Locking your bicycle This page is primarily intended for commuters who lock and leave their bicycle where there's significant risk. Let's start with a summary of conventional wisdom:

Sheldon Brown's lock-strategy page illustrates one locking method. By locking just the rear wheel to a pole, from a point where the rear wheel is inside the frame's rear triangle, Sheldon's method lets you use a smaller, lighter mini-sized U-lock that has less space for thieves' tools than a bigger lock would have.

Personally, I'm not comfortable locking just the rear wheel, and risk having stupid newbie thieves tangling with my rear wheel in an effort to steal the rest of the bike. Also, it's not very difficult to break a lightweight rim, then cut the tire & tube with a small cutter. In light of that, I personally prefer to lock the rear wheel and the frame, and I fill up the U-lock's shackle so there's still minimal space for thieves' tools, as shown in the photos below.

This is a long-shackle mini, the old-generation Kryptonite Evolution Mini LS. Kryptonite has recently improved the Evolution family with the Evolution Series 4. If you need something stronger, check out the New York Lock M-18WL, which has the 18mm shackle thickness of the New York Fahgettaboudit, but in a longer, wider shackle suitable for the techiques in my photos here. Bike shops in the USA can get them from J&B Importers for you.

OK, here's a sample locking job for you to critique. I've locked the rear wheel and frame to a parking meter, and locked the front wheel and frame together with a chain lock. I used a thin cable to tether the seat and seatpost to the U-lock.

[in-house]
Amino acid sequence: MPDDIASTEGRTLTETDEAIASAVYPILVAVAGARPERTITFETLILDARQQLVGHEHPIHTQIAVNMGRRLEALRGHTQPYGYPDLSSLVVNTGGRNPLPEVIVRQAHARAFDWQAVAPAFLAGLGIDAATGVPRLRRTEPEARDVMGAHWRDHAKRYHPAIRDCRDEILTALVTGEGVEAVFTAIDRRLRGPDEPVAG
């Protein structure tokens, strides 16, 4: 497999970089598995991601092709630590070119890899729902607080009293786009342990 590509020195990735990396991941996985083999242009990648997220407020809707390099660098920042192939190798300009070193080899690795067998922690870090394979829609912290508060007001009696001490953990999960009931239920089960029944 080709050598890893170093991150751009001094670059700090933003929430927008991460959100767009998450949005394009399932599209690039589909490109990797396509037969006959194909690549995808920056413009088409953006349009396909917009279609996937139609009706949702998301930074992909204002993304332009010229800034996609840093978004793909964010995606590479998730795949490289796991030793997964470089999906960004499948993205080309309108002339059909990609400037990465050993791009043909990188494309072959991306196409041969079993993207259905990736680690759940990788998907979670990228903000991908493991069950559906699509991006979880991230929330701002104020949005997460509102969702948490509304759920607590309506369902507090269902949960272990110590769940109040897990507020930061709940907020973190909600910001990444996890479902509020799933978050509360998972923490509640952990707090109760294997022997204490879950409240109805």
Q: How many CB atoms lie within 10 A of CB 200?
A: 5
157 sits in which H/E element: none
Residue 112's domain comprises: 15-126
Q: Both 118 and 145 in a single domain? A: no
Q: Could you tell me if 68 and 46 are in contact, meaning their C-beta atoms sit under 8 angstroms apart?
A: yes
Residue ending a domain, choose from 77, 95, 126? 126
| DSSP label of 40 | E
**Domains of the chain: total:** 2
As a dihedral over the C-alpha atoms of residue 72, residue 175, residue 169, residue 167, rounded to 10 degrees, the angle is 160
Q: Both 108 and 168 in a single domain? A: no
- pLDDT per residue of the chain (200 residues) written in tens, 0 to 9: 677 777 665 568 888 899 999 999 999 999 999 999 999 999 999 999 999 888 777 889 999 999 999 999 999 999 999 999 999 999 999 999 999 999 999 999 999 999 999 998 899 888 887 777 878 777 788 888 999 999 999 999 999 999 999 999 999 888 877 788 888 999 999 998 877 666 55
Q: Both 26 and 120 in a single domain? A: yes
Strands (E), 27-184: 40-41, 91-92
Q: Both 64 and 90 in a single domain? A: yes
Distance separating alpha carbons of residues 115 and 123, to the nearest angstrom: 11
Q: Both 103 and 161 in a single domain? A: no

Quiz time! Let's pretend I lock this bike here every day after riding to work. What am I doing well, and what still needs improvement?

What I'm doing well:

What still needs improvement:

Let's try that again... Double-locking In the photo below, I found a parking meter and a strong pole that are about one meter apart, and locked the frame & rear wheel to the parking meter, and the frame & front wheel to the pole. I still don't have a top-rated lock, but now a thief has to defeat two different locks to take the bike anywhere, making the same pair of locks more effective. Besides raising the deterrence factor, this also stops thieves from using the bike itself as leverage to try to break either of the locks.

You can also lock to horizontal railings this way if they are at a useable height, either down at chainstay level or up at seatstay level. If you use two locks, line the bike up so you're locking to two separate sections of the railing, so cutting through the railing in one place won't free the bike.

Beyond this? If this still isn't enough security, my next steps would be:

Disclaimer: All locks can be defeated. Assess your situation, pick the deterrence level you want, and live with the risks that remain. Having said that, I hope this information helps you pick suitable locks and use them as effectively as possible.

Good luck out there. : ) Also see my tips for securing Windows computers against criminal virus & spyware writers.